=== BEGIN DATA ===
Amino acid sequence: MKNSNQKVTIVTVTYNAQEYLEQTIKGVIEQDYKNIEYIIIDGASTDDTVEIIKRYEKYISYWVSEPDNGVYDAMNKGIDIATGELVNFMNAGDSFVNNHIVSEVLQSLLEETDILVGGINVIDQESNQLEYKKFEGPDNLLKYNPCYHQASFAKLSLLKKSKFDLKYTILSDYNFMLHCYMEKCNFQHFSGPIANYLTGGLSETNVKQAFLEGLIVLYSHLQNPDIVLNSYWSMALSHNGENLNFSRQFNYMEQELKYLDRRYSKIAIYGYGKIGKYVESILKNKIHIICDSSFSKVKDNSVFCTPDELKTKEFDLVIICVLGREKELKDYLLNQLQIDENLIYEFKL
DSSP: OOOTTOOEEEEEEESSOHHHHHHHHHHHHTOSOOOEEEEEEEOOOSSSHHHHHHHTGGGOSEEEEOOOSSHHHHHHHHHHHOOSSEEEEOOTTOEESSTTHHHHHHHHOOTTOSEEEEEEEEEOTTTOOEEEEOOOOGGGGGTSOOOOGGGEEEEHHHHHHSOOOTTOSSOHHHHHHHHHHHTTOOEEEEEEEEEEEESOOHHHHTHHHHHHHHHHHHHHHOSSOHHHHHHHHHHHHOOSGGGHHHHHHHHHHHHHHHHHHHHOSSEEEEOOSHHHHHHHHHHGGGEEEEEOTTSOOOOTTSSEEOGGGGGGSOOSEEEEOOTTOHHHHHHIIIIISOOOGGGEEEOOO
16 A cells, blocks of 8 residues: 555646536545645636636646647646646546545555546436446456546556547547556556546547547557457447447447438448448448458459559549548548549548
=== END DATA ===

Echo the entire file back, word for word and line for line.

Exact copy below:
Amino acid sequence: MKNSNQKVTIVTVTYNAQEYLEQTIKGVIEQDYKNIEYIIIDGASTDDTVEIIKRYEKYISYWVSEPDNGVYDAMNKGIDIATGELVNFMNAGDSFVNNHIVSEVLQSLLEETDILVGGINVIDQESNQLEYKKFEGPDNLLKYNPCYHQASFAKLSLLKKSKFDLKYTILSDYNFMLHCYMEKCNFQHFSGPIANYLTGGLSETNVKQAFLEGLIVLYSHLQNPDIVLNSYWSMALSHNGENLNFSRQFNYMEQELKYLDRRYSKIAIYGYGKIGKYVESILKNKIHIICDSSFSKVKDNSVFCTPDELKTKEFDLVIICVLGREKELKDYLLNQLQIDENLIYEFKL
DSSP: OOOTTOOEEEEEEESSOHHHHHHHHHHHHTOSOOOEEEEEEEOOOSSSHHHHHHHTGGGOSEEEEOOOSSHHHHHHHHHHHOOSSEEEEOOTTOEESSTTHHHHHHHHOOTTOSEEEEEEEEEOTTTOOEEEEOOOOGGGGGTSOOOOGGGEEEEHHHHHHSOOOTTOSSOHHHHHHHHHHHTTOOEEEEEEEEEEEESOOHHHHTHHHHHHHHHHHHHHHOSSOHHHHHHHHHHHHOOSGGGHHHHHHHHHHHHHHHHHHHHOSSEEEEOOSHHHHHHHHHHGGGEEEEEOTTSOOOOTTSSEEOGGGGGGSOOSEEEEOOTTOHHHHHHIIIIISOOOGGGEEEOOO
16 A cells, blocks of 8 residues: 555646536545645636636646647646646546545555546436446456546556547547556556546547547557457447447447438448448448458459559549548548549548